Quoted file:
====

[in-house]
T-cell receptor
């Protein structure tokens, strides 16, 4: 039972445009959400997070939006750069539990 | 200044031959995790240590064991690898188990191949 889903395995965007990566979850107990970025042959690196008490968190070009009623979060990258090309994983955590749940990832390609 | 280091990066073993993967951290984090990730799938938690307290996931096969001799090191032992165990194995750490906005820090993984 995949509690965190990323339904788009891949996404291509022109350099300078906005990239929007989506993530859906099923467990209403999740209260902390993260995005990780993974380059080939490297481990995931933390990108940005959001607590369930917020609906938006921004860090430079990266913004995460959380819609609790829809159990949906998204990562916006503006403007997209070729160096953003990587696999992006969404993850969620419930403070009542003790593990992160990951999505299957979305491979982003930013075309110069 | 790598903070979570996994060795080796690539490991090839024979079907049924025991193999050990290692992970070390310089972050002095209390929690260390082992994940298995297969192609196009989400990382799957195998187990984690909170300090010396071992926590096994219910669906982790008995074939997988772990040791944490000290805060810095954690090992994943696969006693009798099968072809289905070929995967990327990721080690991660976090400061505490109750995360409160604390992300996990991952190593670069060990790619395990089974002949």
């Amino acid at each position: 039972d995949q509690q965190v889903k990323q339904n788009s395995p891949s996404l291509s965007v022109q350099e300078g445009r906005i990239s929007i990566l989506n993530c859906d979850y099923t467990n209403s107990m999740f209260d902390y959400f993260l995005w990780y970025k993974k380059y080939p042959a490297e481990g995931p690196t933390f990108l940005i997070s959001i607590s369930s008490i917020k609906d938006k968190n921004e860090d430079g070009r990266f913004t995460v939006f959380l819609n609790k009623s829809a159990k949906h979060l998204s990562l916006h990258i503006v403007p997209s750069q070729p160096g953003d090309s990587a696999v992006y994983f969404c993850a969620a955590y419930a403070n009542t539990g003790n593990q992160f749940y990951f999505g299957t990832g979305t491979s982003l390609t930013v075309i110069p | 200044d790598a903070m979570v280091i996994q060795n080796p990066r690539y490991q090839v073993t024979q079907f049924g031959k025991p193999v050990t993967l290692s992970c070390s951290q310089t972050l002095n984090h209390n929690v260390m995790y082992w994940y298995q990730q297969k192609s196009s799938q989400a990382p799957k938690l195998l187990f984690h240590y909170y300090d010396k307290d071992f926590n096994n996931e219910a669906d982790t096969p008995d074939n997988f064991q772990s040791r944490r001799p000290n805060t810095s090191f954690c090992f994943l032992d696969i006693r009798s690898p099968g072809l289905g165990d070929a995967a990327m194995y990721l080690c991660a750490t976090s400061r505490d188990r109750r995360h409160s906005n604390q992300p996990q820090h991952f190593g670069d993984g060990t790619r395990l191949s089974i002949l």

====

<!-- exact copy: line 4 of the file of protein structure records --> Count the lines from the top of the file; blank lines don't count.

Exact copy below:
């Amino acid at each position: 039972d995949q509690q965190v889903k990323q339904n788009s395995p891949s996404l291509s965007v022109q350099e300078g445009r906005i990239s929007i990566l989506n993530c859906d979850y099923t467990n209403s107990m999740f209260d902390y959400f993260l995005w990780y970025k993974k380059y080939p042959a490297e481990g995931p690196t933390f990108l940005i997070s959001i607590s369930s008490i917020k609906d938006k968190n921004e860090d430079g070009r990266f913004t995460v939006f959380l819609n609790k009623s829809a159990k949906h979060l998204s990562l916006h990258i503006v403007p997209s750069q070729p160096g953003d090309s990587a696999v992006y994983f969404c993850a969620a955590y419930a403070n009542t539990g003790n593990q992160f749940y990951f999505g299957t990832g979305t491979s982003l390609t930013v075309i110069p | 200044d790598a903070m979570v280091i996994q060795n080796p990066r690539y490991q090839v073993t024979q079907f049924g031959k025991p193999v050990t993967l290692s992970c070390s951290q310089t972050l002095n984090h209390n929690v260390m995790y082992w994940y298995q990730q297969k192609s196009s799938q989400a990382p799957k938690l195998l187990f984690h240590y909170y300090d010396k307290d071992f926590n096994n996931e219910a669906d982790t096969p008995d074939n997988f064991q772990s040791r944490r001799p000290n805060t810095s090191f954690c090992f994943l032992d696969i006693r009798s690898p099968g072809l289905g165990d070929a995967a990327m194995y990721l080690c991660a750490t976090s400061r505490d188990r109750r995360h409160s906005n604390q992300p996990q820090h991952f190593g670069d993984g060990t790619r395990l191949s089974i002949l």